The footprint has 2 ‘active’ rolling regions (when rolling is ongoing) and 2 ‘inactive’ regions – these regions alternate during the period rolling is ongoing. Each of these regions is actually compromised of two different declination bands, to avoid putting too much Rubin coverage toward the north or south of the footprint at one time. The exact location of these declination bands depends on the RA of interest, as we define them based on the area in the survey footprint that should be rolling (we want to make this area equal between the different regions) … plus the declination bounds for the low-dust WFD portion of the survey vary slightly depending on RA (primarily it is positioned slightly further north at positive galactic latitudes, and further south at negative galactic latitudes).
Anyway, the result is that we have bands that look like this (from two different directions)
and can be very approximately defined as
dec_bands_S = [2.4, -16, -33, -50]
dec_bands_N = [15, 5, -10, -25]
(for the “south” / negative galactic longitude region, and the “north” / positive galactic longitude region).
When you say “what are the start and end dates for the rolling season” – I’m not entirely sure what you’re meaning here. There is a start and end date of when rolling starts or ends, but there are obviously a lot of different seasons of rolling (each of these declination bands has about 4 seasons of ‘more active’ rolling and 4 seasons of ‘less active’ rolling … and moreover, the choice of whether rolling is ‘active’ or ‘inactive’ at any given point depends on the RA of the point on the sky. Some of the plots in PSTN-052 may be helpful for this, showing how at different RA and Dec values the footprint (which goes into requesting observations) can be ramping up or staying relatively flat. As such, this is pretty difficult to answer in a simple but meaningful way.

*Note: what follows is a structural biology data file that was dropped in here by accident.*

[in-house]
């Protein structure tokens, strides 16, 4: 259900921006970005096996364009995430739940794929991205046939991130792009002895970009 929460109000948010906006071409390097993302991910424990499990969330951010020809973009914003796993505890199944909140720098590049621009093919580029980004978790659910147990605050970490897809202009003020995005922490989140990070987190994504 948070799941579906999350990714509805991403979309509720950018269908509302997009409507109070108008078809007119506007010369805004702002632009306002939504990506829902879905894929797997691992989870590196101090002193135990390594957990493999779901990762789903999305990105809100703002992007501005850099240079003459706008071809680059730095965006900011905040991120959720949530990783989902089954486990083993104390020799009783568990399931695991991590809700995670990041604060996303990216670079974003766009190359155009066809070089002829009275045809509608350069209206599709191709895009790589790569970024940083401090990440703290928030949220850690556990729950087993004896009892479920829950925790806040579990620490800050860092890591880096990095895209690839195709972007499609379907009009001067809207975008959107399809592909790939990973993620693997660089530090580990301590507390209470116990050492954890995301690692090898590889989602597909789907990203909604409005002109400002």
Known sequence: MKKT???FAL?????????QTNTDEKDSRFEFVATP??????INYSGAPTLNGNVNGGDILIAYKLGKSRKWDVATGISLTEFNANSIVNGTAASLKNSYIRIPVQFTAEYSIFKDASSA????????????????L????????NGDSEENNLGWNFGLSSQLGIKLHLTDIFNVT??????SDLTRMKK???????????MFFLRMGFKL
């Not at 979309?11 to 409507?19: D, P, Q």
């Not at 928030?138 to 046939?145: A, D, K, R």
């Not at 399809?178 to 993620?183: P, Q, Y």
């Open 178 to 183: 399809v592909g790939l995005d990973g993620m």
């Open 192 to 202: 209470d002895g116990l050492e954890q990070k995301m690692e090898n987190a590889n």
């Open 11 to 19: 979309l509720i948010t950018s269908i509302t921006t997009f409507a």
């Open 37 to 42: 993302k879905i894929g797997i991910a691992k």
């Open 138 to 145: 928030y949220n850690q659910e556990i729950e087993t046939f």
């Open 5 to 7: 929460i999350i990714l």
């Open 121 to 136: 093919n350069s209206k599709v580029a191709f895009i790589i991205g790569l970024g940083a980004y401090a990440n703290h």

Currently, we are starting to add rolling bands into the target footprints at around 1.5 years after the start of the survey, and use the bands that look “green” in the plots above first (at year 2.5, the “yellow” bands would be the active bands, and so on). Because of how the various parts of the sky start and stop rolling, the rolling footprint continues on some parts of the sky into the last year and it only becomes completely flat at something like 0.5 years before the end of the survey (note that these are the footprint target maps input to the scheduler, and not the final result of observations coming out of the scheduler … which are also influenced by other considerations - there certainly are some benefits to looking at the actual simulation outputs for timing of observations).
Your last question about whether the footprints are fixed at this stage is really a question about future SCOC choices. However, previous announcements from the SCOC about survey strategy have indicated that the general low-dust WFD footprint is fairly fixed; the galactic plane footprint is not. The details of how rolling cadence is implemented are likely not entirely fixed; there will be some kind of rolling cadence, with something like the scaling up/down (to impact the cadence of visits within each of these regions) that we have now - but the timing of the rolling may be tweaked still and depending on changes in the galactic plane footprint and whether this footprint is also part of the general rolling, will also influence the details of these rolling bands.
Hope this helps, Lynne